Sunday, 7 May 2017
Review The Pulverised
by Alexandra Badea
Translated by Lucy Phelps
The Opposite Of Babel
In the Bible, Babel is the site where all speak a common global language but the universal language is destroyed by the builders of the Tower Of Babel. Now it seems that it's financial jargon and the global corporate chase for the bottom line to maintain solvency at any cost which has become the global language.
The memory of the Icelandic financial crisis when the country's major banks collapsed came to mind when Reykjavik was mentioned late in the one act economic drama The Pulverised, translated from the French. For the set is dominated by what could be the ashes of a fire or maybe s solidified volcanic lava flow.
Writer Alexandra Badea is Romanian-born but lives in Paris. The Pulverised therefore looks at a world of outsourcing from a Franco-Romanian perspective.
A call centre worker (Solomon Israel) is in the former French colony of Senegal where employees work, like call centres all over the world, to standard scripts. A young country girl ((Rebecca Boey) is an electronics' assembly worker in the Chinese city of Shanghai, a part of which France once controlled.
Globe-trotting quality assurance executive (Richard Corgan) is based in Lyon with his family, capital of the recently-formed French administrative region of Auvergne-Rhône-Alpes. However he is more often found in a hotel room and branch offices around the world as he carries out his job.
Meanwhile in Bucharest, another centre for French outsourcing, a new mum (Kate Miles), a research and development engineer, perfects her language skills for the unnamed French multinational and a chance of the one new job while the company cuts the old ones.
The drama emphasizes the repetitive, dislocated, unnatural rhythm of work from the factory floor to the executive level with the underlying crudeness, savagery and humiliation which a screen-based relationship with the world brings.
Paid-for live porn on screen is customized and broadcast in time-efficient slots. The lower rungs of the manufacturing hierarchy allow for abuse. Even religion has learnt to package itself for the MP3 age with advertisments on African buses. The African call centre clerks must adopt typically French names to answer customer calls.
The Pulverised is divided into a series of monologues. The production, directed by Andy Sava and designed by Nicolai Hart-Hansen, flashes projections in between (audio visual and sound designer Ashley Ogden), has the four-strong cast doing automaton or zombie like moves (movement director Lanre Malaolu), as well having an electronic music soundscape.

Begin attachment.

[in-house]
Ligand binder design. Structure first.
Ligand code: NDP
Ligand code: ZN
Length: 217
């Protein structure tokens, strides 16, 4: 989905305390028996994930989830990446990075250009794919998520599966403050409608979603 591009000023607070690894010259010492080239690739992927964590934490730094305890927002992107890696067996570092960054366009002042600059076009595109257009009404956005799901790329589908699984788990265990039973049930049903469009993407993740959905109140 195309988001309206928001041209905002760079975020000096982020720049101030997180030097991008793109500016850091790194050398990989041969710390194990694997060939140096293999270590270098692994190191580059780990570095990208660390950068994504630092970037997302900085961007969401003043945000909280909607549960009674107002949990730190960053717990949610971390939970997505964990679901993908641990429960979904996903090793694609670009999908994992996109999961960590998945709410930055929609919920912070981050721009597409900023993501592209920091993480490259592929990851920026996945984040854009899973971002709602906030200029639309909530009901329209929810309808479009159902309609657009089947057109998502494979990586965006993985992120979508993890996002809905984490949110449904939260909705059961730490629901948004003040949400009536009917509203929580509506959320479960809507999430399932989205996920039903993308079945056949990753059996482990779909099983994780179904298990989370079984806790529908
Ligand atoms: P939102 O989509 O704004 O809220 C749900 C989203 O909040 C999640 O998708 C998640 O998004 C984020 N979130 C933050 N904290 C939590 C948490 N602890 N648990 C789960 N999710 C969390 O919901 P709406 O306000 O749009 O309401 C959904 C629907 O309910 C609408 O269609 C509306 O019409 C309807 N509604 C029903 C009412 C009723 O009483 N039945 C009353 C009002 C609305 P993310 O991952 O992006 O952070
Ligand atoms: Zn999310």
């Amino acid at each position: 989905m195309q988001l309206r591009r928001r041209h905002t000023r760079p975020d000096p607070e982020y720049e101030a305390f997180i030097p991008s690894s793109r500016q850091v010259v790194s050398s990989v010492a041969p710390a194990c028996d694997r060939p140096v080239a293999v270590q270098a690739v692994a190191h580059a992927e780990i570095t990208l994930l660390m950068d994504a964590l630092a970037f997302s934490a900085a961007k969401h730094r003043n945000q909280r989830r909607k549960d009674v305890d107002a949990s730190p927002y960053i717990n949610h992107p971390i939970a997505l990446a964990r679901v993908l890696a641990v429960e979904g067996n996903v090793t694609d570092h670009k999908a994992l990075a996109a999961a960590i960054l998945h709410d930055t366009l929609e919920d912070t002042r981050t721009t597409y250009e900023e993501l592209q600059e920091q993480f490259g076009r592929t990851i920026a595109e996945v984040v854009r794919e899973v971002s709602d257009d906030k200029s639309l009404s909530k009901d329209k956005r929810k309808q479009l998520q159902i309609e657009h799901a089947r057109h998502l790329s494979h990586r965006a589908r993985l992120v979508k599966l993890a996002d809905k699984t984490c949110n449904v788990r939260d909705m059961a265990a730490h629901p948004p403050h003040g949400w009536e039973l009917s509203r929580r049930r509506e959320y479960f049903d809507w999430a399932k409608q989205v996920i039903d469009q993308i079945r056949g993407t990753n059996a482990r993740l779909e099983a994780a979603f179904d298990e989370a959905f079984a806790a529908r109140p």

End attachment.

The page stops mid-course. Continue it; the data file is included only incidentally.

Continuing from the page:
Unfortunately, despite good performances, The Pulverised suffers from a lack of context.
This is not to downplay the issues involved and the strongest and most disturbing moment for us was a viaual one (beautifully played by Solomon Israel) when it dawns on a a call centre worker that promotion is coming to him as a result of an avoidable tragedy involving, at best, covered-up criminal negligence by his company.
However The Pulverized also seems to be either strangely worded or in a strange translation. We're told that the Shanghai worker is manufacturing "boxes". Yet at another point in the play electronic circuits are mentioned.
In fact we think this play may need amplifying in English for a UK audience. Otherwise it feels like we've seen it all before - whether in the Hollywood version like Up In The Air, the plays, for example, of Anders Lustgarten or the "selling" of a pen in the Wolf Of Wall Street.
Ironically in a week when the French and English languages have become a hot issue, our hunch is The Pulverized may have lost something in translation elminating a dramatic discussion of what the French language means in the modern world and becoming a more standard script.
While Shanghai has an obvious meaning for us all, we felt the names of Dakar and Bucharest simply do not have the same resonance and history for an UK as for a Francophone audience.
So the moment when suddenly we're dragged from the countries which remain in France's orbit to Reykjavik where there can be a glimmer of recognition simply does not have the impact it should have had and we award an amber light.